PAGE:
As countries create new exemptions for film and television productions during the COVID-19 pandemic, the U.K. government has announced it plans to exempt “small numbers of essential cast and crew” from its 14-day travel quarantine in order to streamline production and get back to work on blockbusters.
In the case of “essential cast,” that would include leading U.S. actors such as Tom Cruise, as the exemption will allow filming to resume on Cruise’s “Mission: Impossible 7” — as well as “Mission: Impossible 8” — at Warner Bros. Studio Leavesden, near London.
British Culture Secretary Oliver Dowden actually spoke with Cruise last weekend about production plans moving forward, stating that, “New exemption from quarantine rules for filmmakers means we can start making the world’s best blockbusters again.”
FILM NEWS 🎥
New exemption from quarantine rules for filmmakers means we can start making the 🌍 best blockbusters again
Great to talk to @TomCruise last weekend about getting the cameras rolling again on Mission: Impossible 7 at #Leavesden https://t.co/We5JhITbYg pic.twitter.com/ebw33aeRXC
— Oliver Dowden (@OliverDowden) July 5, 2020
“Our creativity, expertise and highly successful tax reliefs for our screen industries means that we are an in-demand location that, in turn, delivers a great return for our economy,” said Dowden. “We want the industry to bounce back and exempting small numbers of essential cast and crew from quarantine is part of our continued commitment to getting cameras rolling safely again.”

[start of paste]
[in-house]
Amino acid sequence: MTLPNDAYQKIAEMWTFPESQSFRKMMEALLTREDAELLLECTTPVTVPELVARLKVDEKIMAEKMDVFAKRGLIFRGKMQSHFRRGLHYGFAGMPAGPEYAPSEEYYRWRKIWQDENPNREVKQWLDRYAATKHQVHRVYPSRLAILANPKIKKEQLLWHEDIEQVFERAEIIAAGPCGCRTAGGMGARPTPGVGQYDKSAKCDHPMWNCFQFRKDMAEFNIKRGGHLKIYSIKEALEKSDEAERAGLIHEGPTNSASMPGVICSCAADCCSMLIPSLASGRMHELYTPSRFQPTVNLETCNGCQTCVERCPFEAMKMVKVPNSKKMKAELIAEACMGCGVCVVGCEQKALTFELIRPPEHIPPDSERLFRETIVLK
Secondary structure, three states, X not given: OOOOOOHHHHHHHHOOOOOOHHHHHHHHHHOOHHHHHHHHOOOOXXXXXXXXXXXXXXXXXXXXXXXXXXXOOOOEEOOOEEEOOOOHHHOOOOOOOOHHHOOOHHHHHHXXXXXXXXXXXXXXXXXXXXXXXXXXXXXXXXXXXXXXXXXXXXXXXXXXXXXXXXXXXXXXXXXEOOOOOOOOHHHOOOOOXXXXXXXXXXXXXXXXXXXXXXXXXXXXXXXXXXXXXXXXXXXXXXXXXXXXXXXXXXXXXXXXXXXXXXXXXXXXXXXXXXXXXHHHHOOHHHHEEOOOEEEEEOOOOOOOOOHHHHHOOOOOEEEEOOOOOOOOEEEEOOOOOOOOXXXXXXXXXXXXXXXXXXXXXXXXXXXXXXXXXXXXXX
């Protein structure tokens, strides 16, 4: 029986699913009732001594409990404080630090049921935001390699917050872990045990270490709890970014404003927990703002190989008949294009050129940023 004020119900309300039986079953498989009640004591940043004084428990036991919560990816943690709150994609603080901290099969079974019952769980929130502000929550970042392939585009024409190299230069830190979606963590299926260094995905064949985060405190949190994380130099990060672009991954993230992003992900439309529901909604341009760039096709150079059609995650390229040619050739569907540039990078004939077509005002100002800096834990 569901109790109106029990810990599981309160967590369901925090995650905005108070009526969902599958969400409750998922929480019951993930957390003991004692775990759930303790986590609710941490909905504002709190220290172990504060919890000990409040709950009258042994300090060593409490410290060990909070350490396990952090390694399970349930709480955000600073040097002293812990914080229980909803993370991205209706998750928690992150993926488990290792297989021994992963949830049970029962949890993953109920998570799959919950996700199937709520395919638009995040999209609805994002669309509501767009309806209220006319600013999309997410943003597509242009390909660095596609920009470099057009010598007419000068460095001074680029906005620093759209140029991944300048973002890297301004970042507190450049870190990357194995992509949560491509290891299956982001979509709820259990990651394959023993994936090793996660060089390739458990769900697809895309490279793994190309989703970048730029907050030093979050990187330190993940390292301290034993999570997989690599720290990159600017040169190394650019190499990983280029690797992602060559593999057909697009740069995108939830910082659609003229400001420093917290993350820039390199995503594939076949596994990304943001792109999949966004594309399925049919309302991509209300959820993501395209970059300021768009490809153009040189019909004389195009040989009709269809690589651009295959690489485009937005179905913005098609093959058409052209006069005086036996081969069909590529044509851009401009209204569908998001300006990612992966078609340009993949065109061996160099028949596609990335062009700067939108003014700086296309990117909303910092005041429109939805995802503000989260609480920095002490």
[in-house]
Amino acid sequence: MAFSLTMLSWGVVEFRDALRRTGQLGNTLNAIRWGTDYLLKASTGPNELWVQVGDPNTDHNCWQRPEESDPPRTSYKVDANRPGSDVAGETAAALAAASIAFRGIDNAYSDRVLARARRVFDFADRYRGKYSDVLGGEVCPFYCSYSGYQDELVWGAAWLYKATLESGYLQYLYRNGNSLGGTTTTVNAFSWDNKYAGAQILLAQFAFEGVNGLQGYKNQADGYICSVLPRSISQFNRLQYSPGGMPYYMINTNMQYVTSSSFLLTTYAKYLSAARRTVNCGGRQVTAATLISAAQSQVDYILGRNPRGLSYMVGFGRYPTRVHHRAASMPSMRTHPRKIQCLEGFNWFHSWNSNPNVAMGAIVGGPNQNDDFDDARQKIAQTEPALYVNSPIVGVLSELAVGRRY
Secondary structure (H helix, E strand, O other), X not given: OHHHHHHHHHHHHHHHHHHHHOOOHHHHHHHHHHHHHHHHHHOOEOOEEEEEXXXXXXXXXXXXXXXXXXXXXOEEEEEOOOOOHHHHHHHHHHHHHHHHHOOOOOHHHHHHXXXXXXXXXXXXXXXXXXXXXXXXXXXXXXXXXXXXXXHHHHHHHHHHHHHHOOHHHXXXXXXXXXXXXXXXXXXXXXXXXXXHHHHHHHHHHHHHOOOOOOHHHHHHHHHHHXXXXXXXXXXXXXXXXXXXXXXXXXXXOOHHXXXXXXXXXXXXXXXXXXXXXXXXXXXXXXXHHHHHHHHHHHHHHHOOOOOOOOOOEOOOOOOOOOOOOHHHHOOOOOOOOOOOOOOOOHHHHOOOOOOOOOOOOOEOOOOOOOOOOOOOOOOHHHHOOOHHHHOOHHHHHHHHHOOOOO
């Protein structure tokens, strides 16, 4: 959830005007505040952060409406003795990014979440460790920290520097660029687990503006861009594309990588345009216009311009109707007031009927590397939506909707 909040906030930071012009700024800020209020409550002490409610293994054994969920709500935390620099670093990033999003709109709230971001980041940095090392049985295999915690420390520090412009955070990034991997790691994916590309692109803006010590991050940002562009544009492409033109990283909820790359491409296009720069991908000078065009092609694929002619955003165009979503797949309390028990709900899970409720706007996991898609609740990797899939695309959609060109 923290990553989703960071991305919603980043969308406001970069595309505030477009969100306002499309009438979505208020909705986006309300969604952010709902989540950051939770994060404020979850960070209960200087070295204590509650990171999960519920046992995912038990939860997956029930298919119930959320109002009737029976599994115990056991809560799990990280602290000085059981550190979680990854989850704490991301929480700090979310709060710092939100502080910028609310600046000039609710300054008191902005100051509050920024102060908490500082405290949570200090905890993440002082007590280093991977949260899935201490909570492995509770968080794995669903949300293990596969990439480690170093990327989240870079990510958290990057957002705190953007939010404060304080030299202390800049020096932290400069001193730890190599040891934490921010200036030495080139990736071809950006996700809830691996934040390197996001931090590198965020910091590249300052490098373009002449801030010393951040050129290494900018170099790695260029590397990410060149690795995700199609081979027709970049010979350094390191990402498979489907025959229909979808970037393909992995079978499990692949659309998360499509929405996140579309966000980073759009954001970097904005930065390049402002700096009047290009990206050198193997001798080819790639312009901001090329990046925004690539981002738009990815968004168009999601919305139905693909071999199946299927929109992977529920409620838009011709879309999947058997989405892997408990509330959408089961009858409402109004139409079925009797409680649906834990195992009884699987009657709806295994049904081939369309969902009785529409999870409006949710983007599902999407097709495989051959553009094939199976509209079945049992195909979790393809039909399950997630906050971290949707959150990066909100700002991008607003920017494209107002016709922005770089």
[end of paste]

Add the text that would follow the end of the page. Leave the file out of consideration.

In addition to the “Mission: Impossible” franchise, Universal’s “Jurassic World: Dominion” will also resume filming in the U.K.
The exemption only applies to cast and crew coming into England, as other parts of the U.K. have their own set of rules working on film and television productions that qualify as British, according to the British Film Institute. Cast and crew who earn this particular exemption will be required to live and work in controlled “bubble” environments, which will include accommodation and production locations.
“Today’s immensely welcome news is also a clear recognition of the importance of the film and high-end TV inward investment sector to the UK’s economy,” said Adrian Wooton, chief executive of the British Film Commission.
Ben Roberts, chief executive of the British Film Institute, added: “Film and television are worth £9.9 billion to the UK economy and being able to get production back up and running as quickly as possible is going to help our industry and its 77,000 production workers contribute to the UK’s economic recovery.”
In addition to film and television productions, the U.K.’s new quarantine exemptions will also allow major sporting events to move forward this summer.